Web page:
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Appearing on Camera in front of Journalists? Apply the Quick Pub Test … 8 November 2022

On the spring evening of 22 May 2017, the nation was appalled by the cruelty of the Manchester Arena bombing.  Twenty two people died as they left an Ariana Grande concert.  

And last week, my heart went out to the families of the victims again, as I listened to four officials, sitting in the spotlight at a live news conference, apologising for what happened — and explaining what had been done to ensure it can never happen again.   They were responding to a one thousand page report, just published by the Chairman of the Inquiry, Sir John Saunders. 

They looked, at times, pained.  None of them had been in post at the time.  But they were doing what leadership required. 

I was listening in my car at the time to BBC Five Live, who broadcast the entire event.  I’ve now carefully listened back on BBC Iplayer, and hope this article may help any other senior leader who may face the cameras in future.   I offer three brief thoughts, as a journalist, on what those officials got right at that lengthy Press Conference — and three thoughts on what might have helped them more.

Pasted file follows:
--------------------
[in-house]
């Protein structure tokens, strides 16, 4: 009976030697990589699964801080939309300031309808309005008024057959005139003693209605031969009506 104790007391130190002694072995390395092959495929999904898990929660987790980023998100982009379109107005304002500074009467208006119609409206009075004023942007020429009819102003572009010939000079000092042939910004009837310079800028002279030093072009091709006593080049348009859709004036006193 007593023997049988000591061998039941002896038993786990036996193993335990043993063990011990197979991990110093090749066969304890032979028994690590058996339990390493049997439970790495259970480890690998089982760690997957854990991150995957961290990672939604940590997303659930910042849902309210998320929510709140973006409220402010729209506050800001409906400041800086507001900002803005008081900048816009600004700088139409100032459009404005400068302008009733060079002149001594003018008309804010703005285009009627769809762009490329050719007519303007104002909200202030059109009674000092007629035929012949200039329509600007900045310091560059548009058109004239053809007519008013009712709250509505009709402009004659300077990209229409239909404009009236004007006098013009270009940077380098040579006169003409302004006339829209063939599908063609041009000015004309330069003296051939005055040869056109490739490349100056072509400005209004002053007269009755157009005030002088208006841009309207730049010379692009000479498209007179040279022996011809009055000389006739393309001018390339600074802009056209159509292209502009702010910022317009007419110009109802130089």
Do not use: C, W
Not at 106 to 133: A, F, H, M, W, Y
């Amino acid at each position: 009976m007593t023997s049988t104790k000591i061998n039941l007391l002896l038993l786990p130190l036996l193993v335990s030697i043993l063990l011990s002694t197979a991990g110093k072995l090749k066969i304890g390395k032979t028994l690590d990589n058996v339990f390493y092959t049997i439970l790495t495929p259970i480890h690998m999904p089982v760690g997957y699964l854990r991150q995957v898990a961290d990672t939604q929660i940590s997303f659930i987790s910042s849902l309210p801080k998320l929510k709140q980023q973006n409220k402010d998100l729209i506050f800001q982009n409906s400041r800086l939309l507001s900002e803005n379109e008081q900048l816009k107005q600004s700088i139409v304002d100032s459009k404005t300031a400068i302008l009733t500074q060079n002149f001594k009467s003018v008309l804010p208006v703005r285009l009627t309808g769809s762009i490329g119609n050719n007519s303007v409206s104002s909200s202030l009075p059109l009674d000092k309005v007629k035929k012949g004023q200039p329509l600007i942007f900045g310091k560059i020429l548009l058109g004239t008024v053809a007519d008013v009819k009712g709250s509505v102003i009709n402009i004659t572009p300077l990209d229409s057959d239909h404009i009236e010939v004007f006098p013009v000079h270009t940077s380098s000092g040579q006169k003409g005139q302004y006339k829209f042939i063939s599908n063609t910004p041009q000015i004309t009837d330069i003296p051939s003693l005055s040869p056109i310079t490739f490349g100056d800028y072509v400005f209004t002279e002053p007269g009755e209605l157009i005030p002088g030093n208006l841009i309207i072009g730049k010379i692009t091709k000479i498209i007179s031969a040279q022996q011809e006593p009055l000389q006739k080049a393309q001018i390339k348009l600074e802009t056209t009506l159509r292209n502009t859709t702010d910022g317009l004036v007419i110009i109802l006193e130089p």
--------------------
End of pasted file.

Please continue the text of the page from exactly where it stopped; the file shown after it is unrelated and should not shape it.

And I end by suggesting a device that I’ve applied throughout my own broadcasting career, the Pub Test 


What they certainly got right …

1.  Emotional Honesty … from the very start   

“This report makes for difficult and distressing reading” said Steven Watson, the Chief Constable of Greater Manchester.   “Significant errors were made in planning and preparation” said Lucy Dorsey, Chief Constable of British Transport Police.  Within seconds of taking the mic, David Russel, Chief Fire Officer of Greater Manchester Fire & Rescue Service, had stated: “Our response was wholly inadequate and totally ineffective.”  Darren Mockery, Chief Executive of the North West Ambulance Service, summed things up in his opening remarks like this: “We have deep regret that we fell short as partners.”